First Nation challenge to B.C. pipeline

B.C. First Nation launches legal challenge over Kinder Morgan pipeline

By James Keller, The Canadian Press

NORTH VANCOUVER, B.C. – A British Columbia First Nation is turning to the courts in an attempt to delay — and ultimately stop — a controversial pipeline project that will run through its traditional territory.

The Tsleil-Waututh Nation is targeting the National Energy Board’s review of Kinder Morgan’s proposed expansion of its Trans Mountain pipeline, which would nearly triple the capacity of an existing pipeline that runs to the Vancouver area from Alberta’s oil sands.

The energy board plans to start its review of the project in August, hearing from more than 1,000 people, groups and communities, roughly 400 of which will be considered official interveners. The board is set to hear aboriginal evidence this fall, with wider hearings scheduled to begin next January.

But the Tsleil-Waututh’s legal challenge, which was expected to be filed with the Federal Court of Appeal on Friday, alleges the federal government and the energy board both failed to adequately consult the band before setting the terms of the review.

While the band’s appeal, if successful, could force the National Energy Board to rewrite the terms of the review, Tsleil-Waututh leaders made it clear on Friday their ultimate goal is to shut down the project altogether.

Rueben George, who is spearheading the band’s opposition to the Kinder Morgan pipeline expansion under the banner of the Sacred Trust Initiative, said the National Energy Board review process is one-sided and designed to ensure projects are approved.

If the review was improved to properly consider the interests of First Nations people, George argued, the board would have little choice but to reject the pipeline.

“It’s a flawed process and an unjust process,” George told a news conference on the shores of North Vancouver, across the Burrard Inlet from Kinder Morgan’s oil terminal in Burnaby.

“We believe that if it was fair and they included Canadian people and the First Nations people, it (board’s eventual decision) would come out different.”

Tsleil-Waututh Chief Maureen Thomas said the band hopes to delay the project long enough to galvanize other First Nations and the public to oppose it.

The federal Justice Department said the government hadn’t yet received the lawsuit. The National Energy Board declined to comment on a case that will be before the courts.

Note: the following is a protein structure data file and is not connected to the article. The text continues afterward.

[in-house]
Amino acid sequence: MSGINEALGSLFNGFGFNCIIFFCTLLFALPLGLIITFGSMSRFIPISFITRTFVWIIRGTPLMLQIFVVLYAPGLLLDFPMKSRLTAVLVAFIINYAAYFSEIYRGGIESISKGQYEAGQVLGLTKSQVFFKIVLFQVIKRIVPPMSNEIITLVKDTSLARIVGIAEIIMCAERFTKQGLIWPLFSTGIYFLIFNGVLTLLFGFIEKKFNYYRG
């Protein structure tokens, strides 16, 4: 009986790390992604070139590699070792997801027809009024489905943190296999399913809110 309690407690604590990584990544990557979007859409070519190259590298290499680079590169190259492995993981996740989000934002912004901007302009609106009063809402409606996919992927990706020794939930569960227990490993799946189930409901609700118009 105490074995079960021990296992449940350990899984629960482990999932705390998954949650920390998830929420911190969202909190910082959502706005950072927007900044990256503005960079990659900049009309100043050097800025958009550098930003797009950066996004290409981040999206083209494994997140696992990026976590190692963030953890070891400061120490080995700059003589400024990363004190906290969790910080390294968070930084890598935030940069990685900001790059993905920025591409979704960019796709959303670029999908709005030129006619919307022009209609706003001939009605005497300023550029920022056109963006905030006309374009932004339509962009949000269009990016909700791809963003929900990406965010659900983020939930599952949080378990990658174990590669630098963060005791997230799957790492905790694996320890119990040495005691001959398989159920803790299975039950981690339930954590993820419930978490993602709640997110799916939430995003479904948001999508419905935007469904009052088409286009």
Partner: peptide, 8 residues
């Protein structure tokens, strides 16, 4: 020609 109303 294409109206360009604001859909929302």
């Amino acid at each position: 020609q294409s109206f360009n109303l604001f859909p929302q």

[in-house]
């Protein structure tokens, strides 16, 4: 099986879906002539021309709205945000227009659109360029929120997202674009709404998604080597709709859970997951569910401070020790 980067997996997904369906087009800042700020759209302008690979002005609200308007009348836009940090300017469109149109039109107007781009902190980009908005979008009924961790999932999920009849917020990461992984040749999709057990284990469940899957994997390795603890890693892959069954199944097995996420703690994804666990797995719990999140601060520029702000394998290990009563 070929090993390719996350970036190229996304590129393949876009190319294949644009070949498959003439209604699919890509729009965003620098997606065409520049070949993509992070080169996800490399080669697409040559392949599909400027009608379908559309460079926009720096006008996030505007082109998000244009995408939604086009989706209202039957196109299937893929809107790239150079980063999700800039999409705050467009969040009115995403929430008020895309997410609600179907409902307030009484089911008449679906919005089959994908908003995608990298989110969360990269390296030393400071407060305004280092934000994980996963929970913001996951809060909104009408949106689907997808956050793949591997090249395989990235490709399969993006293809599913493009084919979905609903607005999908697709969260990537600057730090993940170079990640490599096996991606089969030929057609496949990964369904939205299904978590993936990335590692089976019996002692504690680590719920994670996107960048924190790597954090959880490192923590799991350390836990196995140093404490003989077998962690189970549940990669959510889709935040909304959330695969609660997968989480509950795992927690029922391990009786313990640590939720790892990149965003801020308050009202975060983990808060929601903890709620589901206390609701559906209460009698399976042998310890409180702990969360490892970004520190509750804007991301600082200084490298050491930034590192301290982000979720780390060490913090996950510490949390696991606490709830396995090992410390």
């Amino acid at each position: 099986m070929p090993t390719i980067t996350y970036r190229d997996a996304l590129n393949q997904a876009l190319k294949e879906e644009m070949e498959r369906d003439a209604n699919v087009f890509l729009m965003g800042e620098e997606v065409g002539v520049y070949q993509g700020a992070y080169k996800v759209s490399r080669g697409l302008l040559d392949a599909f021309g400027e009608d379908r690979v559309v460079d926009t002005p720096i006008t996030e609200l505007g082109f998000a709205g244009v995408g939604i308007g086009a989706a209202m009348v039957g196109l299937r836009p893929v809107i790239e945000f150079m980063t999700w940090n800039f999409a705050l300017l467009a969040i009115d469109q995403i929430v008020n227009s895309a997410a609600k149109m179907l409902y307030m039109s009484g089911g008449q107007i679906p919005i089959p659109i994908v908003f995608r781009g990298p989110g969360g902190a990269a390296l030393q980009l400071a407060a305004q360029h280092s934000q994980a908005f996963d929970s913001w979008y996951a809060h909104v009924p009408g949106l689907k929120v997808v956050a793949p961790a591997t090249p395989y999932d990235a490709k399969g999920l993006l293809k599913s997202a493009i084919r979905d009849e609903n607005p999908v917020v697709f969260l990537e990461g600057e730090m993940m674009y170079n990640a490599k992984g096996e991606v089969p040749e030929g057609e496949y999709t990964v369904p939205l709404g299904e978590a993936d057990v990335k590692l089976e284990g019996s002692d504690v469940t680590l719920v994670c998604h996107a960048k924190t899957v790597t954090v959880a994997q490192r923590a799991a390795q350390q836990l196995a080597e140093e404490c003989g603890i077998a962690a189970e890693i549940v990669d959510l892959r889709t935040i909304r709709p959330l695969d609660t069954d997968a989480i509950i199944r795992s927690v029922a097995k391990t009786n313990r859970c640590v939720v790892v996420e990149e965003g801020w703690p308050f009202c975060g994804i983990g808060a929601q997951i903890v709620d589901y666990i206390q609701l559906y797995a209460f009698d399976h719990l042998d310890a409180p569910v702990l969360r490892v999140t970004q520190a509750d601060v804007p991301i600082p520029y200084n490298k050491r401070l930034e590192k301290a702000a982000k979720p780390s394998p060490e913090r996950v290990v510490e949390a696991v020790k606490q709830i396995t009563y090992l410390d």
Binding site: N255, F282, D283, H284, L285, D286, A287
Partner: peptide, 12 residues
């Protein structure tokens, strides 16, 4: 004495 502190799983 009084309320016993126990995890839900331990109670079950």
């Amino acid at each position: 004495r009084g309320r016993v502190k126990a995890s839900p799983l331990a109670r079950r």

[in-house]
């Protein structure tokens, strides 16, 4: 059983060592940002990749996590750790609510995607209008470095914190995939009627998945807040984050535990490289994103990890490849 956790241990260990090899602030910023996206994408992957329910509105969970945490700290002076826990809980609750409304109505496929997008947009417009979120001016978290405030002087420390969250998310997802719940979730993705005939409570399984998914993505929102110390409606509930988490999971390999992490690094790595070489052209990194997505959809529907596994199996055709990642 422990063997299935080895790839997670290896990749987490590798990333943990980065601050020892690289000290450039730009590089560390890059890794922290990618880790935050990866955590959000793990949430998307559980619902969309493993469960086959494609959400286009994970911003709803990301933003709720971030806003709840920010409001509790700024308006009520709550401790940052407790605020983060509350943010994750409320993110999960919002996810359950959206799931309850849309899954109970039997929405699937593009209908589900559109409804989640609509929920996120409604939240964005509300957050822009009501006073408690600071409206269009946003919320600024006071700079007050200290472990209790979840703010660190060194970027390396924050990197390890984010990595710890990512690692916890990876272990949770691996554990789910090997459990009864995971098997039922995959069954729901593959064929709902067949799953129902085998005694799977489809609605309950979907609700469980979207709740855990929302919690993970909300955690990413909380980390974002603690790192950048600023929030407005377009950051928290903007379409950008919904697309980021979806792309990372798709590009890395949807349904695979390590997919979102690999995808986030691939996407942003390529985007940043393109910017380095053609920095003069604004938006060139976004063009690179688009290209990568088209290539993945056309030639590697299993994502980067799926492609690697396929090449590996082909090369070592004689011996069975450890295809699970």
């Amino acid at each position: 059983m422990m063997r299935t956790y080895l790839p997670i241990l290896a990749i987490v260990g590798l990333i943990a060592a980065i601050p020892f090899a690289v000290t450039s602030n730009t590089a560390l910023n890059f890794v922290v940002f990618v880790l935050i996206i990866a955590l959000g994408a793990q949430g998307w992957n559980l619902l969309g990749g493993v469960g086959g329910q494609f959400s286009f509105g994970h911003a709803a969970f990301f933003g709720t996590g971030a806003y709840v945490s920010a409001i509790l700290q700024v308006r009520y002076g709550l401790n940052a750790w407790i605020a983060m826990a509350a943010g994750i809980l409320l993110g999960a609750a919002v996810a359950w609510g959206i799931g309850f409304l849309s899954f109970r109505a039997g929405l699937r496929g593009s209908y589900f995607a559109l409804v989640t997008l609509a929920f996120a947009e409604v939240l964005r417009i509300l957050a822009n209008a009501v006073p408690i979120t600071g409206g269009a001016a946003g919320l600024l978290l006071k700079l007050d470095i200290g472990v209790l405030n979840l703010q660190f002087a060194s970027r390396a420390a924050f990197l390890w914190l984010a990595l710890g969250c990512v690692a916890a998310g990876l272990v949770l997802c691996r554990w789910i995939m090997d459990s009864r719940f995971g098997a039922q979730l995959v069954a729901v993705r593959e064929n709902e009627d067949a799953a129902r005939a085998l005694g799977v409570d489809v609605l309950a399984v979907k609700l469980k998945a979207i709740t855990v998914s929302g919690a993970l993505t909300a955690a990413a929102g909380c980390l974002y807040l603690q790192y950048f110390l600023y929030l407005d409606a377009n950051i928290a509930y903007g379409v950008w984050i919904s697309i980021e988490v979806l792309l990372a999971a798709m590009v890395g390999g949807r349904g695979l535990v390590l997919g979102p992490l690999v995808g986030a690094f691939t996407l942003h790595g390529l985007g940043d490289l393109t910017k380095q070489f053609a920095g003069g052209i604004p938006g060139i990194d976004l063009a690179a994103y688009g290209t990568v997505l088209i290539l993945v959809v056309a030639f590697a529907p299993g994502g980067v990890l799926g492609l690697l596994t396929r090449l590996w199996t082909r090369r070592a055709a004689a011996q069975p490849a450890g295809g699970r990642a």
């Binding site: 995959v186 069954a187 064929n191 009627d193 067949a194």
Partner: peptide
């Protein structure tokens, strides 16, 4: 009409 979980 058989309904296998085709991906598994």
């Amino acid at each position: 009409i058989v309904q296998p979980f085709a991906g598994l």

A spokesperson for Kinder Morgan wasn’t immediately available.

Texas-based Kinder Morgan’s $5.4-billion pipeline expansion would leave it with the capacity to transport up to 890,000 barrels of Alberta oil per day to the company’s terminal in Burnaby. Currently, the pipeline’s daily capacity is 300,000 barrels.

Opposition to the pipeline expansion has been growing since the company formally filed its National Energy Board application last December, with First Nations communities and environmental groups lining up against it.

Under the current timeline, the board has until July 2015 to complete its report and recommendations for the federal government. If approved, the company plans to have the expanded pipeline operational by late 2017.

The debate over the Kinder Morgan pipeline follows similar complaints levelled against Enbridge’s proposed Northern Gateway pipeline between the Alberta oil sands and Kitimat, on B.C.’s northern coast.

A federal review panel recommended Enbridge’s $7-billion pipeline proposal be approved, subject to more than 200 conditions. The federal government is expected to announce a decision in June.

The Northern Gateway project is facing at least 10 lawsuits from a range of opponents including First Nations and environmental groups.

Last month, residents of Kitimat voted against Northern Gateway in a non-binding plebiscite.

___

Follow @ByJamesKeller on Twitter

Just Posted

Wind warning in effect for Greater Victoria

Strong winds could reach up to 80 km/hr along coastal areas

Whisky society commits to charity donation in wake of whisky raids

Refund of Victoria Whiskey Festival tickets won’t impact charity beneficiaries

Heavy snowfall closes Mount Washington for the day

Road to ski resort deemed unsafe, “high avalanche danger”

Cordova Bay group against plaza redevelopment

Cordova Bay shopping centre has three, four-storey buildings

Victoria housing provider launches crisis prevention program to combat homelessness

Pacifica Housing aims to address challenges before tenants risk evictions

REPLAY: B.C. this week in video

In case you missed it, here’s a look at replay-worthy highlights from across the province this week

Touring art from war-torn Syria on display at Cedar Hill

Behind the Lines: Contemporary Syrian Art, Jan. 24 to Feb. 5 at Cedar Hill Arts Centre

Vessel washed ashore in Campbell River during last night’s storm

A vessel appears to have gotten loose and washed to shore on… Continue reading

Liberals quietly tap experts to write new paternity leave rules

Ideas include creating an entirely new leave benefit similar to one that exists in Quebec

Insurers say Canadian weather getting hotter, wetter and weirder

Average number of days with heavy rain or snow across Canada has been outside norm since spring 2013

Final phase of MDMA-assisted psychotherapy trials to kick off in B.C.

Doctors hope to get psychedelic-assisted psychotherapy legalized in Canada and the U.S. by 2021

WHL winning streak ends at four in Kelowna for Victoria

Royals lose 8-4 as Rockets explode offensively

Wind warning back in effect around Vancouver Island

80 km/h winds expected Saturday, Jan. 20, on east coast of Island, 100 km/h on west coast

VIDEO: Thousands join women’s march events across B.C.

Today marks one year since the first Women’s March on Washington

Most Read